There are countless other such situations. And while it is clear that Jesus enjoined us to address God as “Abba” (the Aramaic term for “Daddy”) we also have images in the Old Testament of God as mother.
In any case, the point of “Abba” was to draw our attention to an image of God who was a benevolent and caring provider who judged with fairness and mercy. In that case, for most people “mother” would be a better shorthand for that image these days than “father”.
Another area where the Church holds to its guns is “man”. The use of “man” as an ungendered personal pronoun in English is dead. It lives on only in Church language.
The use of ‘man’
Thus we read: “Man does not live on bread alone.” Clearly in contemporary English that is much better expressed by saying, “People do not live on bread alone” (or just “we”). Such an outdated use of the term “man” creates a distinction which was not intended.
A similar unintended distinction arises from the fact that Latin has two words that are both translated as “man” in Church English. One word, “vir”, clearly means man-as-opposed-to-woman. But the other word, “homo”, means humans-as-opposed-to-beasts-or-gods.
When in the Creed we say, “who for us men and for our salvation”, we imply unintentionally that Christ was born principally for men. But the Latin says he was born for humans.
And, worse still, when we say “and became man”, we are stressing “man-as-opposed-to-woman” when the Latin “et homo factus est” simply means “and became human”. The same is true of the Greek in which the Creed was originally written.
Latin causes greater confusion still when words which in Latin are not gendered are translated into English ones that are.
A good example of this is “brothers”. Imagine that my parents had one other son and two daughters. If I were transported back to Roman times I could tell the local census-taker that I have three “fraters”, and that would be true. But in English it would be absurd to say, “I have three brothers”; that would be absurd. I would say, “I have one brother and two sisters”, or possible “three siblings”.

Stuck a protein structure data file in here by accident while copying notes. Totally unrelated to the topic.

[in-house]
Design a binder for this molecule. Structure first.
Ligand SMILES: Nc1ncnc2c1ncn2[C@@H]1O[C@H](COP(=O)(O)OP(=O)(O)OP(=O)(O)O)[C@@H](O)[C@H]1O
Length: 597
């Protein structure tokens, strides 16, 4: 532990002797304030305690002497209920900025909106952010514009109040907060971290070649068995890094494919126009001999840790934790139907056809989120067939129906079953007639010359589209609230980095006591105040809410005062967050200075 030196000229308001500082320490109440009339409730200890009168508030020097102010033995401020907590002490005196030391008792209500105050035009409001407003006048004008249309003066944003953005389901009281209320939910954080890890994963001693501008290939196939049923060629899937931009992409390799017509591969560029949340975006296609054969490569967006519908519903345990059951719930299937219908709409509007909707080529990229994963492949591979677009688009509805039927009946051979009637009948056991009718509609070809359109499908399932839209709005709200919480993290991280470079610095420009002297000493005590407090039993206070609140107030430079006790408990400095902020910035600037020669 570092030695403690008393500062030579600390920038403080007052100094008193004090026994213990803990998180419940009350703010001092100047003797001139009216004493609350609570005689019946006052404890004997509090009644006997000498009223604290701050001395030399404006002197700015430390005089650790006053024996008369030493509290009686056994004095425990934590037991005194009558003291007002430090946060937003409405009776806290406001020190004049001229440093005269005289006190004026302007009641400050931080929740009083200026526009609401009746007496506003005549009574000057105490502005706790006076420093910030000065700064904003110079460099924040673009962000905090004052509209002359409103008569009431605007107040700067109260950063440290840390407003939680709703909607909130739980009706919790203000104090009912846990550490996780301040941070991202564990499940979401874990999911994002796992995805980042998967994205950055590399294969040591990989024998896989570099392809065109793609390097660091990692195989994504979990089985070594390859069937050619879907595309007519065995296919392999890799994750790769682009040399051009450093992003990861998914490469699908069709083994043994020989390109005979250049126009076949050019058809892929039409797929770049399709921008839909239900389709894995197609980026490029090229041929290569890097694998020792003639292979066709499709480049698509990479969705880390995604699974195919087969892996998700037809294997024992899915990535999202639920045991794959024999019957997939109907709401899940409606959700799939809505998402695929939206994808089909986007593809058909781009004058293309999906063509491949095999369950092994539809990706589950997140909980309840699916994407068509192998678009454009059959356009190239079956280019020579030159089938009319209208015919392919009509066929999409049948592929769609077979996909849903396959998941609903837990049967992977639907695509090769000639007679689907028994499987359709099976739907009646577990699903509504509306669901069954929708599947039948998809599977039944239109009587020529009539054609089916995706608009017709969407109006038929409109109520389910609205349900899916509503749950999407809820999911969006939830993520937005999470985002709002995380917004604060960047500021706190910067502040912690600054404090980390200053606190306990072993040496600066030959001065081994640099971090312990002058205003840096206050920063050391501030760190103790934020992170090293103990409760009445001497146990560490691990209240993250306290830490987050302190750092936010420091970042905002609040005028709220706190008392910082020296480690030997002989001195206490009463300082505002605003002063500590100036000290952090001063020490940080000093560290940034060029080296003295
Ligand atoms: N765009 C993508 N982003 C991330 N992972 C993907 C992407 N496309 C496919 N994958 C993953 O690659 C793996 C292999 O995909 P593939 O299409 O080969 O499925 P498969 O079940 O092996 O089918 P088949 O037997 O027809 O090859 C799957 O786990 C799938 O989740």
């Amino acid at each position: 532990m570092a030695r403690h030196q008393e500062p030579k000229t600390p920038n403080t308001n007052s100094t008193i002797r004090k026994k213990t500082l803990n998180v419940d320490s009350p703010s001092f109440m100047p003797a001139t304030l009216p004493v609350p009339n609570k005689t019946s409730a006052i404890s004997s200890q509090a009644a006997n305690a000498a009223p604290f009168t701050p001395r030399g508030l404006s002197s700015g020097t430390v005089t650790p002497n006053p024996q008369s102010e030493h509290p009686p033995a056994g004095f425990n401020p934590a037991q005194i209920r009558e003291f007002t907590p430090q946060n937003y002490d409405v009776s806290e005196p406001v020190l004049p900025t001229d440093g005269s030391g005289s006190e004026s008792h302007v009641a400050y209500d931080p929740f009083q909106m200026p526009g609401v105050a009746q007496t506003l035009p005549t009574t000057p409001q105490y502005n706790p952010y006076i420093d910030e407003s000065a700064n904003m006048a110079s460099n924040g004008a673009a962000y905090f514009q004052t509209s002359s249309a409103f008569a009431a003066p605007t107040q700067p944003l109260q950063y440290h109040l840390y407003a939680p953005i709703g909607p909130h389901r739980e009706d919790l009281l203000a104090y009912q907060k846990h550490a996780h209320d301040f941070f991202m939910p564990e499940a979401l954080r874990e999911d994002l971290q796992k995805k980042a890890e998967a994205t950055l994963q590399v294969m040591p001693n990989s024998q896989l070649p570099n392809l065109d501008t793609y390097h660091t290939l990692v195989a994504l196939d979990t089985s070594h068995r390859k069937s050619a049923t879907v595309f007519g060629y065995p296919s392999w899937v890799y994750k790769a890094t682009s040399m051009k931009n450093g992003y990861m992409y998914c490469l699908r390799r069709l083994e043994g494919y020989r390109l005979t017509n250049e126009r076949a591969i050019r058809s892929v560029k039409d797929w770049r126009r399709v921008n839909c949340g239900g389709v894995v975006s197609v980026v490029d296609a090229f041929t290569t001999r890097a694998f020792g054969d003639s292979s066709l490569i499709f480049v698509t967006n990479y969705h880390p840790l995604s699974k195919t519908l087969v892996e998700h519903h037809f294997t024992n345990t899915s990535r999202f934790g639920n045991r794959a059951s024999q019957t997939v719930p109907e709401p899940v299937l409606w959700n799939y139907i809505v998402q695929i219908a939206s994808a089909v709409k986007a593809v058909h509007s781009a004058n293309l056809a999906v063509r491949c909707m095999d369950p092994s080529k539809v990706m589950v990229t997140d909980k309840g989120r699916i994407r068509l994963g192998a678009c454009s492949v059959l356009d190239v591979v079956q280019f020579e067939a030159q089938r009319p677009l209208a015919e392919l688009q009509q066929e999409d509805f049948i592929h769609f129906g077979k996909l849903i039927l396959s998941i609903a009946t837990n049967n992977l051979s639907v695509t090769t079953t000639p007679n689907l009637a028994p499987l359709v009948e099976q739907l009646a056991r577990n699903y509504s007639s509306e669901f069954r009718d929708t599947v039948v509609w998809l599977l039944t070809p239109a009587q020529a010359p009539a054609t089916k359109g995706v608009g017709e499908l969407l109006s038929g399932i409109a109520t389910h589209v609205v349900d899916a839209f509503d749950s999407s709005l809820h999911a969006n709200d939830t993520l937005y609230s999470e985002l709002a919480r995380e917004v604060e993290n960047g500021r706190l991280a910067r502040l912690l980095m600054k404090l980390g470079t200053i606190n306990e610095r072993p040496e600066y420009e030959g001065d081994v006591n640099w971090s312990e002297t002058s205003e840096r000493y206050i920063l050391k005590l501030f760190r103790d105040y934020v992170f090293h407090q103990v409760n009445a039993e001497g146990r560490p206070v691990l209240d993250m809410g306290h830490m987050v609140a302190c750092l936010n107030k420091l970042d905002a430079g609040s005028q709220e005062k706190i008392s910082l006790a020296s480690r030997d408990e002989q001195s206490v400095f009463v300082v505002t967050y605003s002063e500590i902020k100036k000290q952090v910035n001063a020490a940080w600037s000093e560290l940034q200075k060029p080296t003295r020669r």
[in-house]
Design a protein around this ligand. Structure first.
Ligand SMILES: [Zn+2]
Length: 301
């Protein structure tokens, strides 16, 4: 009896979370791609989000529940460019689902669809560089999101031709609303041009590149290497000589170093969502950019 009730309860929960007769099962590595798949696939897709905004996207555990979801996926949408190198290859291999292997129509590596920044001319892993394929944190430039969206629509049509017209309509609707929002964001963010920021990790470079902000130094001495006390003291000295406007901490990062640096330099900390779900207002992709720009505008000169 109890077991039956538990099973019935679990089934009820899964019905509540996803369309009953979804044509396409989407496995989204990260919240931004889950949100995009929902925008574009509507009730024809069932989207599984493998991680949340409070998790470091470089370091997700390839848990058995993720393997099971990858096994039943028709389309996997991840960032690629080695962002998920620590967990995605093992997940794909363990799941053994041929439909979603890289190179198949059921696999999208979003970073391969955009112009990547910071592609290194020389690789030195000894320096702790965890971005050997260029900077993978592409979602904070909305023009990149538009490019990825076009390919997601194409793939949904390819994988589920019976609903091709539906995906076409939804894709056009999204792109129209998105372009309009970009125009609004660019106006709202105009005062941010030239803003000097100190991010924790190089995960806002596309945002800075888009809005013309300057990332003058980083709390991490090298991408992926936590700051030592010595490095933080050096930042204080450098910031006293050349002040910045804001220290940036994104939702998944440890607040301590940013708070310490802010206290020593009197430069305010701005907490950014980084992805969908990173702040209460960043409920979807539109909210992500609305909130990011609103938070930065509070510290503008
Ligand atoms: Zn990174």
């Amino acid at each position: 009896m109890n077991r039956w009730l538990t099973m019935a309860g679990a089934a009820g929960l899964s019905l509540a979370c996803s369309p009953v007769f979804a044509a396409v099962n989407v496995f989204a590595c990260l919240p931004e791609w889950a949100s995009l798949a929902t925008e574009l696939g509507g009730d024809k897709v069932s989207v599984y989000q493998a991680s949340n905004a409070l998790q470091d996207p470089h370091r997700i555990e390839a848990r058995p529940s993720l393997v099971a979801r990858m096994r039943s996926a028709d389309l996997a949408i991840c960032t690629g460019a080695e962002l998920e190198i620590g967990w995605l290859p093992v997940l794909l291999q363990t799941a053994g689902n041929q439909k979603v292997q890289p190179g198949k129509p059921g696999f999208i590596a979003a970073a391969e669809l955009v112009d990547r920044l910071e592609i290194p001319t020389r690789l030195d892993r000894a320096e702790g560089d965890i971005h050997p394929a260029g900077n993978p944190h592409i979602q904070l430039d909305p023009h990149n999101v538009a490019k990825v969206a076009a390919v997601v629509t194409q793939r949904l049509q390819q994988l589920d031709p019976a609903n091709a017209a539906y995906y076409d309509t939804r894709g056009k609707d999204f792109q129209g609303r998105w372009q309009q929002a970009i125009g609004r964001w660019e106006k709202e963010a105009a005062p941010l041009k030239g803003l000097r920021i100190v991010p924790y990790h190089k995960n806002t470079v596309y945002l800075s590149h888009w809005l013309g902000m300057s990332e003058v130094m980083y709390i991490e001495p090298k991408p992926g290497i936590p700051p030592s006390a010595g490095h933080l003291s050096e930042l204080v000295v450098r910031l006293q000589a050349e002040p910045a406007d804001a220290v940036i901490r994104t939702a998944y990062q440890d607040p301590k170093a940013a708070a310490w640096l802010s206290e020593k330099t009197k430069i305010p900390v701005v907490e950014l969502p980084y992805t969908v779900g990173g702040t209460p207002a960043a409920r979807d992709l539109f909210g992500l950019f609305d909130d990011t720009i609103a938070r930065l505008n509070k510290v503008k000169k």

Sometimes a word is tied to a gender and sometimes it is not, but its status in Latin does not define its status in English.
You can see how language-specific this all is when you reflect how in English we have one word “cousin”, which covers all of a certain kind of relative whether male or female: other languages have two different words. Meantime, we have two words “nephew” and “niece”, which specify gender for the same relationship (and with no one word that combines them): other languages just have one word.
A learned person might respond: “But don’t you know, in English the male includes the female.” But that is clearly not true now. And in many cases it was never true.
So for Women’s Month, let’s see if we can start bringing the English used in Church into the world where English is actually spoken and where men and women are treated as equals.
And even if we cannot get round the dilemma of what to call God, I am sure he would be pleased if we did what we can to get rid of unnecessarily sexist language everywhere else in our churches.